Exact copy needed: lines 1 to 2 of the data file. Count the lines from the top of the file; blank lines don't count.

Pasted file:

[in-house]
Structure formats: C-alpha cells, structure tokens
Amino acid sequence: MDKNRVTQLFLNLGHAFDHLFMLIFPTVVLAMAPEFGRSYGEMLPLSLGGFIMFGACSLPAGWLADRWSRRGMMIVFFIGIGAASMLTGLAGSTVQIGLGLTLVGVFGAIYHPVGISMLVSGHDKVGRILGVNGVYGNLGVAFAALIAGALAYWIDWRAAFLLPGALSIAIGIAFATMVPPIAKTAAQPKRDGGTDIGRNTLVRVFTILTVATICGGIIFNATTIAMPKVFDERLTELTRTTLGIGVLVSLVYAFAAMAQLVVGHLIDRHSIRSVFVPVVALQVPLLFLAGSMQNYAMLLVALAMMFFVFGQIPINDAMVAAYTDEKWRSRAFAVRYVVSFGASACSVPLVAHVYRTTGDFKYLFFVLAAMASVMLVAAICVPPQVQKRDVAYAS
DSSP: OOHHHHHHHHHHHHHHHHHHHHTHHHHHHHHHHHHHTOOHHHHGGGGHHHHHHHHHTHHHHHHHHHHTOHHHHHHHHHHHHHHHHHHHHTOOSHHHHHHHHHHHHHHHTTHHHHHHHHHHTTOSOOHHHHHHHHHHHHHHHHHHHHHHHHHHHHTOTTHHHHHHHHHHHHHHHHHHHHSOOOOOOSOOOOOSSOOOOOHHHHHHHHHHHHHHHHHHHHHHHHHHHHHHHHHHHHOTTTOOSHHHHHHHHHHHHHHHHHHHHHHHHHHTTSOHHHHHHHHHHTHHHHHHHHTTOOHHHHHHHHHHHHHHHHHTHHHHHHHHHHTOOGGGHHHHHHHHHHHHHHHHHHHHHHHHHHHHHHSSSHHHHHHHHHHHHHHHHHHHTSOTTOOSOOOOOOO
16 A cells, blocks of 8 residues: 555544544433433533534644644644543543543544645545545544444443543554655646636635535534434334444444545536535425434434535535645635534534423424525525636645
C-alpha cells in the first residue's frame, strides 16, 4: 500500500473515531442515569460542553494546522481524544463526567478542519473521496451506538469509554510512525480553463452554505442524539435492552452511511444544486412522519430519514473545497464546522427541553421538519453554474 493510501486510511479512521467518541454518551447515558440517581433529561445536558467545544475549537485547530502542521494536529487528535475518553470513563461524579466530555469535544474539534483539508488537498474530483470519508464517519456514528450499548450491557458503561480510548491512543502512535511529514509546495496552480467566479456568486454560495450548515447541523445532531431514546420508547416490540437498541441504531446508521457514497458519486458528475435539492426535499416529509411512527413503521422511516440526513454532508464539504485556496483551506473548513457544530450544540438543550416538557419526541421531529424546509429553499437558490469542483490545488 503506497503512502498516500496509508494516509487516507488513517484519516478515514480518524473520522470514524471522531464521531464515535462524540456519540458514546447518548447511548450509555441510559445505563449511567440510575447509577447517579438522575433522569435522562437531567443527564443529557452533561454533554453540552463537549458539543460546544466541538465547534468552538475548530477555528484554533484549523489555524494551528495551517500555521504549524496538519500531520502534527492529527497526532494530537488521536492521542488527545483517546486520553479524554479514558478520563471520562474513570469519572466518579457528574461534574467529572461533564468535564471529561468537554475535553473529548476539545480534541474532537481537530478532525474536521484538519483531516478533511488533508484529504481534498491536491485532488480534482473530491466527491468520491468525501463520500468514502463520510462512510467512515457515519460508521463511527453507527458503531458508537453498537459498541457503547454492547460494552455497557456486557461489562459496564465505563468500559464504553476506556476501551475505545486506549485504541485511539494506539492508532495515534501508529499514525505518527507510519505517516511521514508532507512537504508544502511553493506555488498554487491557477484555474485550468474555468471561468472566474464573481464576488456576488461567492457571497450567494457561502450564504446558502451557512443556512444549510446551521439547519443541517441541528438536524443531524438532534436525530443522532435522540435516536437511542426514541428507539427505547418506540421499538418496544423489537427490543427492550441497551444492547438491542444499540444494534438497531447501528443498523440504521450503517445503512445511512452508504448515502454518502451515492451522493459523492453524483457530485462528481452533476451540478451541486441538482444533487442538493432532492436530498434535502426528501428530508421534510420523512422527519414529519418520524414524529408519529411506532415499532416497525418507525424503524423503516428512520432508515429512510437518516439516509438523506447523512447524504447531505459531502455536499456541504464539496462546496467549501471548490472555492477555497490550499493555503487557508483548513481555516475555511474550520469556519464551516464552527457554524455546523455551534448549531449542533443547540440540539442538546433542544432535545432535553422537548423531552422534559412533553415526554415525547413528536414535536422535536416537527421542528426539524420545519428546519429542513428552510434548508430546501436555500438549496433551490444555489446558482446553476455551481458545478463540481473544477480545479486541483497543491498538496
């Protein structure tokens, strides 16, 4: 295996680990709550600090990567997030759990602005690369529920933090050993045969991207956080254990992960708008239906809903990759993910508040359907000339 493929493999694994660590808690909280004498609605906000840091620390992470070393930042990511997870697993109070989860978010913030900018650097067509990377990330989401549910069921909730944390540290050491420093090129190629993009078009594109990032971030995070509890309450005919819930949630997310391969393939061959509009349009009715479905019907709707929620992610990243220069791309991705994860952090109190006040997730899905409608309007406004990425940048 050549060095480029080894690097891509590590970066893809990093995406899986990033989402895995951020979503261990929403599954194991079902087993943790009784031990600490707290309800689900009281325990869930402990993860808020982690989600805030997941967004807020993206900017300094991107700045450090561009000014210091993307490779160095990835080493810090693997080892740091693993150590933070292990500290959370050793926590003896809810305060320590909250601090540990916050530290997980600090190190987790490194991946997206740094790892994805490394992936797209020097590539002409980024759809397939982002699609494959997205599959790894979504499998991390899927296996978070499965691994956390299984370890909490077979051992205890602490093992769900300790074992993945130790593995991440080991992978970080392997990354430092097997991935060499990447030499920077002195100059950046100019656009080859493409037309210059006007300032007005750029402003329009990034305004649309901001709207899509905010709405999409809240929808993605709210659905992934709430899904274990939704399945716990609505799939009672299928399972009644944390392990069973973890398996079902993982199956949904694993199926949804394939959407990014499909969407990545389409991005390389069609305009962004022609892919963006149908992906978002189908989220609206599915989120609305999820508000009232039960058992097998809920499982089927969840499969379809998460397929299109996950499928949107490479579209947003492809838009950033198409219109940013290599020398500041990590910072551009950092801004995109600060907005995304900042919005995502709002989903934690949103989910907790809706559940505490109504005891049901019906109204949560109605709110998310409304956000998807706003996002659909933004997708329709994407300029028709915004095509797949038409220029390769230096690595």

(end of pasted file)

[in-house]
Structure formats: C-alpha cells, structure tokens